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A Common Question: Will PDGM Be Delayed?

Clinician sitting at a table while viewing the Axxess PDGM resource page on her laptop

The Patient-Driven Groupings Model (PDGM) will significantly change reimbursements for home health organizations, and as our industry learns more about how it will impact day-to-day operations, questions continue to surface. Axxess has created a resource page with quick reference guides and videos to help explain these changes. One of the most common questions asked is, “What are the chances that PDGM will be delayed?” Given the amount of resources it will take to prepare for this major change, and CMS’ track record with rolling out new regulations and initiatives, it is a fair question.

The Origin of PDGM

The Medicare Payment Advisory Commission (MedPAC) has been long advocating for changes to the home health payment system, especially with the therapy threshold’s impact on payment. The Centers for Medicare and Medicaid Services (CMS) has also conducted numerous studies and data analyses on the Home Health Prospective Payment System (HHPPS), which has led to several case-mix adjustments.  Ultimately, this review led to the development of the Home Health Groupings Model (HHGM) which evolved into PDGM. While our industry seeks clarification on unknown aspects of PDGM, there currently are no efforts to prevent or delay the January 1, 2020, start date. Advocacy groups are working to modify the proposed behavioral adjustments ( S. 3458, H.R.6932) but neither of these proposals includes a delay. The remaining questions about PDGM will be answered in the coming months and the mandated rollout will occur in 2020.

The president signed the Bipartisan Budget Act of 2018 (BBA) into law on February 9, 2018. It requires that specific home health payment overhauls must occur beginning in 2020. The BBA amended the Social Security Act by establishing 30-day units of service for home health payments, eliminating therapy thresholds in case-mix adjustment factors, and mandating budget neutrality. The specific language states the Secretary of Health and Human Services (HHS) “shall calculate a standard prospective payment amount (or amounts) for 30-day units of service” in a budget-neutral manner beginning January 1, 2020.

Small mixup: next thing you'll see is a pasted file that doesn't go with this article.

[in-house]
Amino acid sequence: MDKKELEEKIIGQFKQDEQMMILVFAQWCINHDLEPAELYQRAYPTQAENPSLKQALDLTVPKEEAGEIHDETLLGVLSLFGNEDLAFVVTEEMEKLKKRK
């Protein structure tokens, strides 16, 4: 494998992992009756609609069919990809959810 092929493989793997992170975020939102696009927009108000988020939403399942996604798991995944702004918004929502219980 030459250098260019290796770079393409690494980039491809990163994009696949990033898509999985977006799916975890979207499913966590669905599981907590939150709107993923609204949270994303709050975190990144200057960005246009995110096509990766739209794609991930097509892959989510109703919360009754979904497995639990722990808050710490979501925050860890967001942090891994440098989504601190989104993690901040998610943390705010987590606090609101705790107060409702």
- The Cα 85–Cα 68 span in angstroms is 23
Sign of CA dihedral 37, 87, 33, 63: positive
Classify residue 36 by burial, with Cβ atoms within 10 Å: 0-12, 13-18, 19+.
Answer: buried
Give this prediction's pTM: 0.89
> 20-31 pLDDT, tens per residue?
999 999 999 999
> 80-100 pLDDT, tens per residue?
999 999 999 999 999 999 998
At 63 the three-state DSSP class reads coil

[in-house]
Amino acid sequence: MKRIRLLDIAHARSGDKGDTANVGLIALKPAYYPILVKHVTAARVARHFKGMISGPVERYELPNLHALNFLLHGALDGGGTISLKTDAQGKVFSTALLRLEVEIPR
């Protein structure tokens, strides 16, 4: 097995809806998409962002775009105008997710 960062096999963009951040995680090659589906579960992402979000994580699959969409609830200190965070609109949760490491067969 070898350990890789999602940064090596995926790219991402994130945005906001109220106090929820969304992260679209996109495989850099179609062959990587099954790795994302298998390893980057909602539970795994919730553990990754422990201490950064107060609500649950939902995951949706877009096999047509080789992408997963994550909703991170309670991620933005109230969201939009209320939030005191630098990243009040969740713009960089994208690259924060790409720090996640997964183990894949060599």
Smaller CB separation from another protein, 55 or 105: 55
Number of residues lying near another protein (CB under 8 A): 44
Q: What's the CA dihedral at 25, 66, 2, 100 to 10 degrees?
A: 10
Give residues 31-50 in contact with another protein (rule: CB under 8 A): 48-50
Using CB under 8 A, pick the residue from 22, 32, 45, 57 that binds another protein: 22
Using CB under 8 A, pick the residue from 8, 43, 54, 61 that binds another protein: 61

PDGM Behavioral Adjustment

The BBA gives the HHS secretary the authority to make assumptions about behavior changes by our industry that could occur because of the implementation of PDGM. This has led to the 6.425 percent behavioral adjustment that decreases payments. While this change is difficult to swallow, our industry must admit that there are operators in our space who have contributed to this negative assessment. For example, as the therapy thresholds changed over the years, behaviors related to therapy delivery changed as well. Therapy delivery was not always based on a patient’s specific needs derived from an individualized assessment and treatment plan. Another example is the disproportionate use of certain diagnoses in the top six slots when they increased case-mix points that are no longer used since no case-mix points are awarded (e.g. GERD and Low Vision). The law requires that the HHS secretary annually demonstrate data showing the differences between assumed behavior and actual behavioral changes between 2020 and 2026.

Approaching PDGM Deadlines

The BBA ordered a technical expert panel to identify and prioritize recommendations for PDGM. This technical panel met in 2018 and included home health providers, patient representatives, and other relevant stakeholders. They were tasked with identifying and prioritizing changes to the payment system for home health under the Social Security Act. The HHS secretary must submit a report of the findings of this technical panel and recommendations to the House Committee on Energy and Commerce and the Senate Committee of Finance no later than April 1.  This report will give our industry additional insight about the implementation of PDGM. The proposed rule for home health payment will come out by mid-year and will show the final proposals that will evolve into the final rule in the late fall.

PDGM Delay Unlikely

For all these reasons, it appears that PDGM will proceed as planned on January 1, 2020. Barring any unforeseen technicalities, there does not appear to be any likelihood PDGM will be delayed. Any delay would require another law passed by Congress and approved by the president. Our industry would be well-served to proceed with the assumption that PDGM will go into effect as planned. If a law changes the implementation date, we will have additional time to prepare for this major disruption.

Axxess is a partner you can trust on the journey to PDGM success. Our PDGM resource page features answers to other frequently asked questions, quick reference guides, and videos to help providers prepare for, navigate, and thrive in this changing environment.

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